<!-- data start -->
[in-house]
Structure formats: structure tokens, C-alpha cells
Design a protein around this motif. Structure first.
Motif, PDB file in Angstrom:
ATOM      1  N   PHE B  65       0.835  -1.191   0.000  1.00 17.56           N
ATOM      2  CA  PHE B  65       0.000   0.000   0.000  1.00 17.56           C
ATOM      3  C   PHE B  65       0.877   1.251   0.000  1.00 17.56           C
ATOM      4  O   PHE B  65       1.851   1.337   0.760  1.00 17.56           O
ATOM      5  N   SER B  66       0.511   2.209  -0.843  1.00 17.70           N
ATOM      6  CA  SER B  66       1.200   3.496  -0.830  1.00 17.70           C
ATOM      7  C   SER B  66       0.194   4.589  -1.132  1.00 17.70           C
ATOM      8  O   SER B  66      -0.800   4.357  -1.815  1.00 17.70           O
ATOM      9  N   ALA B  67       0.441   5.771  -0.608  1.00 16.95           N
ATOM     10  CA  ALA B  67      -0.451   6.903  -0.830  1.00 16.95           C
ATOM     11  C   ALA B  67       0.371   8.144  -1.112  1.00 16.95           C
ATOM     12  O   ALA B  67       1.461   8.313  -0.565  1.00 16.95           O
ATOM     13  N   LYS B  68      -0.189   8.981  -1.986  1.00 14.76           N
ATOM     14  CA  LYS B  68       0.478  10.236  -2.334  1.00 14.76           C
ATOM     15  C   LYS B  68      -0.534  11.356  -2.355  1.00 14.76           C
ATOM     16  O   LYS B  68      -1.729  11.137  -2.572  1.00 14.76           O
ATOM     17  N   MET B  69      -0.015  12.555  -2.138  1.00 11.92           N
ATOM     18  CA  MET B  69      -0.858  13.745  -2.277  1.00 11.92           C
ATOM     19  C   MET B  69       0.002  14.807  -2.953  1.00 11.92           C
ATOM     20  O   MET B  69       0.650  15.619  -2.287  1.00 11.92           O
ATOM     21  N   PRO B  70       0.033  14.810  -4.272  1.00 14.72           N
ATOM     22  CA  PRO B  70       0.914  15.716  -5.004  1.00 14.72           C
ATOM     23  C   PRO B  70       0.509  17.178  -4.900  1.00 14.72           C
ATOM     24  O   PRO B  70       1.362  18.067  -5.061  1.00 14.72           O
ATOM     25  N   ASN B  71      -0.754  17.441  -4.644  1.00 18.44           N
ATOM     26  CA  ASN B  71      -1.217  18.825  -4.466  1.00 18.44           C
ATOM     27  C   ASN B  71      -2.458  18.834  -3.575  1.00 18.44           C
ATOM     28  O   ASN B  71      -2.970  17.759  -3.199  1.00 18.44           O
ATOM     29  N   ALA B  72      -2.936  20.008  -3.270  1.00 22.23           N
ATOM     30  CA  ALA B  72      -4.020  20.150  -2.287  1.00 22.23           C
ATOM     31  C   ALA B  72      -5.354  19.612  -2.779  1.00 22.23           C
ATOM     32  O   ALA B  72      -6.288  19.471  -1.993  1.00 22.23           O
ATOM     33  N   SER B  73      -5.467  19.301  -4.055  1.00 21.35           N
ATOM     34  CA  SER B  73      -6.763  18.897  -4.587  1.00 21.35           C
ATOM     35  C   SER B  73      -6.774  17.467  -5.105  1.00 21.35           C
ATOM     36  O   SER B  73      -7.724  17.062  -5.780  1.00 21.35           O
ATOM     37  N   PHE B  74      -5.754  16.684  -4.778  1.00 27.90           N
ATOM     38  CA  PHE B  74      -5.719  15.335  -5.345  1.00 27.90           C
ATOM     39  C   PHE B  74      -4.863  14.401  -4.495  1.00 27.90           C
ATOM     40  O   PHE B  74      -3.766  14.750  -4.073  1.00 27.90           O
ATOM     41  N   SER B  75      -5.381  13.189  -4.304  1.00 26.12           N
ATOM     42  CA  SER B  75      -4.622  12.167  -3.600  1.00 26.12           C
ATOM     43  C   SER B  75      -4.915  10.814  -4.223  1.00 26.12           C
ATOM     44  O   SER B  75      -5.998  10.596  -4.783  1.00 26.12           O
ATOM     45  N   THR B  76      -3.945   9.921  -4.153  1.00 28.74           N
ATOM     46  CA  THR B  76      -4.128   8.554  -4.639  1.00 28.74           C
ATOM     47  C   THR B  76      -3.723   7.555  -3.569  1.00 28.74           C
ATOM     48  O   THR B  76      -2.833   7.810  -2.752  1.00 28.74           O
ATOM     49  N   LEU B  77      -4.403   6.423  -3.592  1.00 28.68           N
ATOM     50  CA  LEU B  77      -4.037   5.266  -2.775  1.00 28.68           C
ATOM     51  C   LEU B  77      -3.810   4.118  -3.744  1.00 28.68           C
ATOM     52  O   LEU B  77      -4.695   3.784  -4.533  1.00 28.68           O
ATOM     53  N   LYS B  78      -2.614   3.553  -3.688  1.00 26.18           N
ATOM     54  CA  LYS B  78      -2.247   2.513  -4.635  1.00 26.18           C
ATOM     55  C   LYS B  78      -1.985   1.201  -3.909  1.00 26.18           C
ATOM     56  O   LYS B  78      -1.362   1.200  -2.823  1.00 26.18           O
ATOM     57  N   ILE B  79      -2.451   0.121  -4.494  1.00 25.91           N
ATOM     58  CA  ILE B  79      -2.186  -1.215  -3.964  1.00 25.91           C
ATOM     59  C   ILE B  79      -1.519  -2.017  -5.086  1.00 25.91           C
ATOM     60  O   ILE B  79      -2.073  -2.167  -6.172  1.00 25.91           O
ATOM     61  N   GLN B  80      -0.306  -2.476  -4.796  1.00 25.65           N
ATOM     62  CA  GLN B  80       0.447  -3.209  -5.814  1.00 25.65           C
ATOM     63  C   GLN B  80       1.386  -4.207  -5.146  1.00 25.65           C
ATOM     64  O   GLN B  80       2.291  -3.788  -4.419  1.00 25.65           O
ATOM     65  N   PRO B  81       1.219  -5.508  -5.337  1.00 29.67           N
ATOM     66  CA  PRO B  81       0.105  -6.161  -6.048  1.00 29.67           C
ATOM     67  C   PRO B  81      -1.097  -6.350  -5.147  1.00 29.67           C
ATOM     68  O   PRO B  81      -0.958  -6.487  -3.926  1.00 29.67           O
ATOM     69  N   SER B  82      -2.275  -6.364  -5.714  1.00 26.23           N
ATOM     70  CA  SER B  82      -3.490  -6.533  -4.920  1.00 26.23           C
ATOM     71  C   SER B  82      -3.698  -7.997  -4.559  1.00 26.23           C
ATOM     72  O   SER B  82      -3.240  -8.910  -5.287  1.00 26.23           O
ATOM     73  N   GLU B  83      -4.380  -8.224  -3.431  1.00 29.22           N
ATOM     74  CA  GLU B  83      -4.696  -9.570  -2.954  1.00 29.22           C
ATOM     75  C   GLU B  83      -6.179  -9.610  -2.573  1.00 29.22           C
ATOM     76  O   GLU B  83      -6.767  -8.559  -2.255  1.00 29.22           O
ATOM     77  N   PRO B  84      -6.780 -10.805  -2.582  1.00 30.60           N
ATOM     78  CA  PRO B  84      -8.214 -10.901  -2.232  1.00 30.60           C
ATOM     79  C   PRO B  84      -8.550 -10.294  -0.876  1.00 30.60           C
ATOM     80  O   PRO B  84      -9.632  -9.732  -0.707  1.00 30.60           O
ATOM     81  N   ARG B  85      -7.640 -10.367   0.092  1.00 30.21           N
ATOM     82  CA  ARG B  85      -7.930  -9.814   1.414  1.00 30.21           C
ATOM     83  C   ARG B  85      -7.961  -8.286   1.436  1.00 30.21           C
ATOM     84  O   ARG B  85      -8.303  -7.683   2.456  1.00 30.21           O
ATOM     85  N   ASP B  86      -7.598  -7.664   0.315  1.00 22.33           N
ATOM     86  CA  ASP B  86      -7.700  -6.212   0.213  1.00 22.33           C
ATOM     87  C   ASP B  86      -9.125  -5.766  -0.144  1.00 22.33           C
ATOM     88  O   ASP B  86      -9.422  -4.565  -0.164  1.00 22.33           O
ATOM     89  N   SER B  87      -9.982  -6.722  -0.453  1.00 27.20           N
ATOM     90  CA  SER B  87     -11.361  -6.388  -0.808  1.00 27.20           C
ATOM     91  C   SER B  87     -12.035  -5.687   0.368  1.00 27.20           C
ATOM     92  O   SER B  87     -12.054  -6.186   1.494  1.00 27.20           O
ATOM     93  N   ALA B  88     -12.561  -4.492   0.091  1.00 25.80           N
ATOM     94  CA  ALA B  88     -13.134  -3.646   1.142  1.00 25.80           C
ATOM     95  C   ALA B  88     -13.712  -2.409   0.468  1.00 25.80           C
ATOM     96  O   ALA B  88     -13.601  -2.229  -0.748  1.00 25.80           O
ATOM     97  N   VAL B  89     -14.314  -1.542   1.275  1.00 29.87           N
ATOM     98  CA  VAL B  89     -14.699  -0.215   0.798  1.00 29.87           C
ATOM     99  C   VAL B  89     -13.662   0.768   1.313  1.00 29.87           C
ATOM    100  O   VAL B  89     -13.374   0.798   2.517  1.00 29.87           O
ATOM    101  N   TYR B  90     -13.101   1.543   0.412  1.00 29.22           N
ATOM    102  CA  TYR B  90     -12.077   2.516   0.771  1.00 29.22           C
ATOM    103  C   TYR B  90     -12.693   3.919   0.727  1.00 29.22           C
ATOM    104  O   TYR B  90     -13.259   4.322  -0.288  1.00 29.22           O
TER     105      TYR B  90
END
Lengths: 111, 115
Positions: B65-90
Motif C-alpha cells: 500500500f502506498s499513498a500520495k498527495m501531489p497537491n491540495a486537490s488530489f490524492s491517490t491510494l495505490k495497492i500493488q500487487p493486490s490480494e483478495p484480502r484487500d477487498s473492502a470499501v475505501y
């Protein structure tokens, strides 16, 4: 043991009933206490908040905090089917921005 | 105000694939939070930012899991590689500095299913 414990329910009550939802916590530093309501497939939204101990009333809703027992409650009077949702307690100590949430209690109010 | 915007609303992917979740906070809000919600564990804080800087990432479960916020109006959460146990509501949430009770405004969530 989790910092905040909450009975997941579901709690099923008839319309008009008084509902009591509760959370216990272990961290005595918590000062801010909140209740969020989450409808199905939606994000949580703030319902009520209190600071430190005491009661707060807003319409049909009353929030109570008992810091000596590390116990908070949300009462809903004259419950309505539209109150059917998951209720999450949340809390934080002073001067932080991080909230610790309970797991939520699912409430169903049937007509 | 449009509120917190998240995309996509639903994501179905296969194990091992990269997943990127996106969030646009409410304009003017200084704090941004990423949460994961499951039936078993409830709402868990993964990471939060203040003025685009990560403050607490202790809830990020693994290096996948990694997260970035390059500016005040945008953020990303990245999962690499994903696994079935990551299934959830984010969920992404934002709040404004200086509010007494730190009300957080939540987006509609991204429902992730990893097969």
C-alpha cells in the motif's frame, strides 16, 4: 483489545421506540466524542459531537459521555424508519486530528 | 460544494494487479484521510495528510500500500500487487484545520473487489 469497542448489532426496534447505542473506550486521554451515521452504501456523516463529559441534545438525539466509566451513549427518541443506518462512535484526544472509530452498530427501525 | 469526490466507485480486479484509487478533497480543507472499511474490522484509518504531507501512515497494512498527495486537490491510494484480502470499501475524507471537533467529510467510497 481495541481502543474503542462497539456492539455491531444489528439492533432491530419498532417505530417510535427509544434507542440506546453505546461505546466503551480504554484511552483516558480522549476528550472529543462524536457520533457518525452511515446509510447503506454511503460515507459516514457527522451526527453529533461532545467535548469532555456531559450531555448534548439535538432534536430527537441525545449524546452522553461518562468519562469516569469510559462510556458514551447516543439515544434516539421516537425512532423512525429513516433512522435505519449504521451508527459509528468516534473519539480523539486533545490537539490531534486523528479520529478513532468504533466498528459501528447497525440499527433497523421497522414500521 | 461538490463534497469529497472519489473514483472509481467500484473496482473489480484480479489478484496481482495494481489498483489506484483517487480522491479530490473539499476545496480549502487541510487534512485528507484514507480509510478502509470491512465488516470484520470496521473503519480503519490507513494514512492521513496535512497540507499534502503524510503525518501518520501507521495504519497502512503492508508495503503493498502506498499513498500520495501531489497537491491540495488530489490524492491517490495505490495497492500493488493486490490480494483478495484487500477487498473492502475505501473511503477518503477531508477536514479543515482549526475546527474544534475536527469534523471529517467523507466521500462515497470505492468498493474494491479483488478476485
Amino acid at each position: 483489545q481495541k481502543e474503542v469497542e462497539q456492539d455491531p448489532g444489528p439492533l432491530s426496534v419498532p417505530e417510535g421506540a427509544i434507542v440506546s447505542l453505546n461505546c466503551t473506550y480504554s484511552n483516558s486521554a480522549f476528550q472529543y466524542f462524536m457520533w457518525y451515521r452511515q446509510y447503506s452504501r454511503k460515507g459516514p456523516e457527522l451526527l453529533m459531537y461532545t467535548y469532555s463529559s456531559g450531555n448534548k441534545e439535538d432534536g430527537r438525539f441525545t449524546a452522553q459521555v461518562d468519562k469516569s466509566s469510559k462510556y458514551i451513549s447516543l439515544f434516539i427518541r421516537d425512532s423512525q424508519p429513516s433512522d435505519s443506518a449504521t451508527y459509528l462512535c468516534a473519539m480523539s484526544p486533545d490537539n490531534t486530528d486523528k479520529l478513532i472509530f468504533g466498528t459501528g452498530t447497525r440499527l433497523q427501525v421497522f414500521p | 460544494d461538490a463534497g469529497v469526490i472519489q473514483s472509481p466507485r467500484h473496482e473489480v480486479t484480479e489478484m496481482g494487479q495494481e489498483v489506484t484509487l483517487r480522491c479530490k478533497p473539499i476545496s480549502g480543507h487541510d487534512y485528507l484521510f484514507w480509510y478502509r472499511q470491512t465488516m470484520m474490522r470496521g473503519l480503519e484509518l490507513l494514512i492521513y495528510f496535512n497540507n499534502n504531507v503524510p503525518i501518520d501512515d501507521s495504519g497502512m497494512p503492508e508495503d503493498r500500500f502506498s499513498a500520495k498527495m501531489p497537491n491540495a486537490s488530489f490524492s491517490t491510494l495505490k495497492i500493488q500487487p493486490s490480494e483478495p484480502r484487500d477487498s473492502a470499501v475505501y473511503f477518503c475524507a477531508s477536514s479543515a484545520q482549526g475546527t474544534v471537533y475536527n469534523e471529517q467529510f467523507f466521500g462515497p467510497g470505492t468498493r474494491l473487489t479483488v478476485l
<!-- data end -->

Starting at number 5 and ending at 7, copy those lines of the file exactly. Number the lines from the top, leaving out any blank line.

ATOM      1  N   PHE B  65       0.835  -1.191   0.000  1.00 17.56           N
ATOM      2  CA  PHE B  65       0.000   0.000   0.000  1.00 17.56           C
ATOM      3  C   PHE B  65       0.877   1.251   0.000  1.00 17.56           C